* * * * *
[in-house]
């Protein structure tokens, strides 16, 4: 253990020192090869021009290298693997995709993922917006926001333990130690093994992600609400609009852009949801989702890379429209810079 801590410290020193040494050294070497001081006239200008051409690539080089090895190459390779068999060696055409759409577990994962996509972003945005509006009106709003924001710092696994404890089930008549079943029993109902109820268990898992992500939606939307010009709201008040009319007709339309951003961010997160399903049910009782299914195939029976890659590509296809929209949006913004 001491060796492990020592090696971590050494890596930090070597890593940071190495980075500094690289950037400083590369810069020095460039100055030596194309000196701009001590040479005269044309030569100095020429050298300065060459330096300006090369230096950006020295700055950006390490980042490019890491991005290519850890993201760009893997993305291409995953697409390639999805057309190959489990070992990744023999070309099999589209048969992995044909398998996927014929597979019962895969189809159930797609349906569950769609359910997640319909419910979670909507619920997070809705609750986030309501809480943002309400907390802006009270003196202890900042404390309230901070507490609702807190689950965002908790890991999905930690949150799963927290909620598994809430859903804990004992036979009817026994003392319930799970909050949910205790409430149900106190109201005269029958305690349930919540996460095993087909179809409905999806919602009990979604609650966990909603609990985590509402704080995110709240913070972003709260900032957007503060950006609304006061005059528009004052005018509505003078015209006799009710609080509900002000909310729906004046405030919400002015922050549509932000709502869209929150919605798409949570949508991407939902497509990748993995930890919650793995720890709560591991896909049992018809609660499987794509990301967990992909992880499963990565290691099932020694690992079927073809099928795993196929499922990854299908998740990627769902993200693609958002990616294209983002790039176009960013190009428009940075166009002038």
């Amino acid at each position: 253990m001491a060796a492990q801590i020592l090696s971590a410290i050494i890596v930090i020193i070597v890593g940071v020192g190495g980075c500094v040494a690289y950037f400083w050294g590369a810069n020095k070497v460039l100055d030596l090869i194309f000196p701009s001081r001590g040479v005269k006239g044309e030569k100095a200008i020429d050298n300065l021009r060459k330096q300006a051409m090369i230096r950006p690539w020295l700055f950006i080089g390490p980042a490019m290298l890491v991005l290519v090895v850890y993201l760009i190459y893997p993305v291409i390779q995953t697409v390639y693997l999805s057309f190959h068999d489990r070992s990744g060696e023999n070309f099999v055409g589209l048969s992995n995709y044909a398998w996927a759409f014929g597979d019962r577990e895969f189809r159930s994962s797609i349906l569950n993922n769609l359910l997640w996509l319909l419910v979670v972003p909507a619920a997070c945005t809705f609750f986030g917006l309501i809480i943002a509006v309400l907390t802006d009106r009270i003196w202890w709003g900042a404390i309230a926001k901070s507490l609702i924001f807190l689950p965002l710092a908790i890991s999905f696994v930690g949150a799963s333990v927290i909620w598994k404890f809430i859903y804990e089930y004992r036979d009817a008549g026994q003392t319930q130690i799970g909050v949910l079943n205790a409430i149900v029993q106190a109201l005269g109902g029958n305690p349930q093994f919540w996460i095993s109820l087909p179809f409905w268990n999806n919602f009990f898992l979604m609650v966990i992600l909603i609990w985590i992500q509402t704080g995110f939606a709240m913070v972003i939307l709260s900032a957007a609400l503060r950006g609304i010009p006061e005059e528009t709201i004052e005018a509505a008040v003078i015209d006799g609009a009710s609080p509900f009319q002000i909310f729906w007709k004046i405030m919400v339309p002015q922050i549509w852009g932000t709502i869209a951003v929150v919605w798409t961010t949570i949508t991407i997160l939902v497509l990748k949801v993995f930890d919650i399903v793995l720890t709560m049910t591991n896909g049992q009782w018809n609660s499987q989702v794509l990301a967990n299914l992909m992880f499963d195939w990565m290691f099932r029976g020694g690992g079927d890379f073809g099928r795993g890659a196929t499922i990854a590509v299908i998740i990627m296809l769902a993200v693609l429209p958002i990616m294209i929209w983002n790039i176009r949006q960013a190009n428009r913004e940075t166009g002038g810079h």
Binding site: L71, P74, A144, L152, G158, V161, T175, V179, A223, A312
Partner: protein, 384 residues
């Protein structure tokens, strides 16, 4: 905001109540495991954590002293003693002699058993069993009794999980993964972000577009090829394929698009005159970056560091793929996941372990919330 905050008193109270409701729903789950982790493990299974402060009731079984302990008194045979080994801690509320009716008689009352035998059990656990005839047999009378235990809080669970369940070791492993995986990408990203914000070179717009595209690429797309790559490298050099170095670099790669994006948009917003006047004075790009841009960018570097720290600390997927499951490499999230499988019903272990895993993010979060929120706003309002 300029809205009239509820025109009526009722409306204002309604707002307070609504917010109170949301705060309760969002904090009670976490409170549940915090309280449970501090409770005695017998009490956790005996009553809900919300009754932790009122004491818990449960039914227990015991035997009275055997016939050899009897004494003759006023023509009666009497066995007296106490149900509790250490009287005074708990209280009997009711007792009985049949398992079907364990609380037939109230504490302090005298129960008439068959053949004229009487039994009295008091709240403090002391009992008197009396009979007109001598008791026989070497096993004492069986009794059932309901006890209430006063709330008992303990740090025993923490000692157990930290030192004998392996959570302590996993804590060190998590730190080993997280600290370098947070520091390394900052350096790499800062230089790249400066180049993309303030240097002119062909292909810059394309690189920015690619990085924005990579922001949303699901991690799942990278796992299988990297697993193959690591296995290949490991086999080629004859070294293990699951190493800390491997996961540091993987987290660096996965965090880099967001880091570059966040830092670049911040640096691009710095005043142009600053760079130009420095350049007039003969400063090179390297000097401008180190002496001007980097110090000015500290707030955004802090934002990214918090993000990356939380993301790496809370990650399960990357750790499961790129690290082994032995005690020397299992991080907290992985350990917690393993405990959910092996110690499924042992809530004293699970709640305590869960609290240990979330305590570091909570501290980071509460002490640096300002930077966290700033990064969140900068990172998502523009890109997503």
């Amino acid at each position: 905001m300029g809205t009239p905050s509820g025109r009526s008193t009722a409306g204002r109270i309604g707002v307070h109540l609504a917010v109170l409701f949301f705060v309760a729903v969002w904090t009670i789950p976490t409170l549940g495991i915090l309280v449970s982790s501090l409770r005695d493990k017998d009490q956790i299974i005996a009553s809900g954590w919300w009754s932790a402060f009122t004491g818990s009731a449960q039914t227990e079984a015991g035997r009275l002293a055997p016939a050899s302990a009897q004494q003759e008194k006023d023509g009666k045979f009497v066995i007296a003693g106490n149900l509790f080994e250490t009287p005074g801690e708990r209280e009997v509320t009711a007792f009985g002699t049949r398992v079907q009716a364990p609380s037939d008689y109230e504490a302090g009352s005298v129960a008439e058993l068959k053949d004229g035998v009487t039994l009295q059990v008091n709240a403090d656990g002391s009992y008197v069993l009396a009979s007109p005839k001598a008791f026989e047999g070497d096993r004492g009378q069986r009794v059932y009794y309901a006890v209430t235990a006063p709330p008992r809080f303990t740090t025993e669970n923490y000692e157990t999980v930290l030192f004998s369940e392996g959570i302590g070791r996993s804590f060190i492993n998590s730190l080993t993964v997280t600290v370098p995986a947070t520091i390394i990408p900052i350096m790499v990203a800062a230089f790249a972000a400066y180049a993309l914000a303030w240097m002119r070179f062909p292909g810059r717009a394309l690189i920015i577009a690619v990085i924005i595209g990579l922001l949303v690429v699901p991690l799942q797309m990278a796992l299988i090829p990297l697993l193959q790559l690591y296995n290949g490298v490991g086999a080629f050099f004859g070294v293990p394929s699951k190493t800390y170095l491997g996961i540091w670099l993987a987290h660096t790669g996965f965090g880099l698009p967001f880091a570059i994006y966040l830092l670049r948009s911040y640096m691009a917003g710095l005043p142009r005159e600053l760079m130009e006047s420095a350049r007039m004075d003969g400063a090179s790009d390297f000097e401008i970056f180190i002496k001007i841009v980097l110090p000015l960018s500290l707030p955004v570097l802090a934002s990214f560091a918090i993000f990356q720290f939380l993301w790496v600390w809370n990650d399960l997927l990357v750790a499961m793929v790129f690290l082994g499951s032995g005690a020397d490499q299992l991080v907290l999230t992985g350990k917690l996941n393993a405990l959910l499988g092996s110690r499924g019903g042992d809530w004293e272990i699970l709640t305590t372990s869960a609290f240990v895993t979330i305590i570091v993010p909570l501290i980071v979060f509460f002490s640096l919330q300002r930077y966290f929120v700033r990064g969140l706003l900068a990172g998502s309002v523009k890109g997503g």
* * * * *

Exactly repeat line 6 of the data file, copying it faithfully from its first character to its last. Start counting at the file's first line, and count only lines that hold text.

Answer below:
């Protein structure tokens, strides 16, 4: 905001109540495991954590002293003693002699058993069993009794999980993964972000577009090829394929698009005159970056560091793929996941372990919330 905050008193109270409701729903789950982790493990299974402060009731079984302990008194045979080994801690509320009716008689009352035998059990656990005839047999009378235990809080669970369940070791492993995986990408990203914000070179717009595209690429797309790559490298050099170095670099790669994006948009917003006047004075790009841009960018570097720290600390997927499951490499999230499988019903272990895993993010979060929120706003309002 300029809205009239509820025109009526009722409306204002309604707002307070609504917010109170949301705060309760969002904090009670976490409170549940915090309280449970501090409770005695017998009490956790005996009553809900919300009754932790009122004491818990449960039914227990015991035997009275055997016939050899009897004494003759006023023509009666009497066995007296106490149900509790250490009287005074708990209280009997009711007792009985049949398992079907364990609380037939109230504490302090005298129960008439068959053949004229009487039994009295008091709240403090002391009992008197009396009979007109001598008791026989070497096993004492069986009794059932309901006890209430006063709330008992303990740090025993923490000692157990930290030192004998392996959570302590996993804590060190998590730190080993997280600290370098947070520091390394900052350096790499800062230089790249400066180049993309303030240097002119062909292909810059394309690189920015690619990085924005990579922001949303699901991690799942990278796992299988990297697993193959690591296995290949490991086999080629004859070294293990699951190493800390491997996961540091993987987290660096996965965090880099967001880091570059966040830092670049911040640096691009710095005043142009600053760079130009420095350049007039003969400063090179390297000097401008180190002496001007980097110090000015500290707030955004802090934002990214918090993000990356939380993301790496809370990650399960990357750790499961790129690290082994032995005690020397299992991080907290992985350990917690393993405990959910092996110690499924042992809530004293699970709640305590869960609290240990979330305590570091909570501290980071509460002490640096300002930077966290700033990064969140900068990172998502523009890109997503």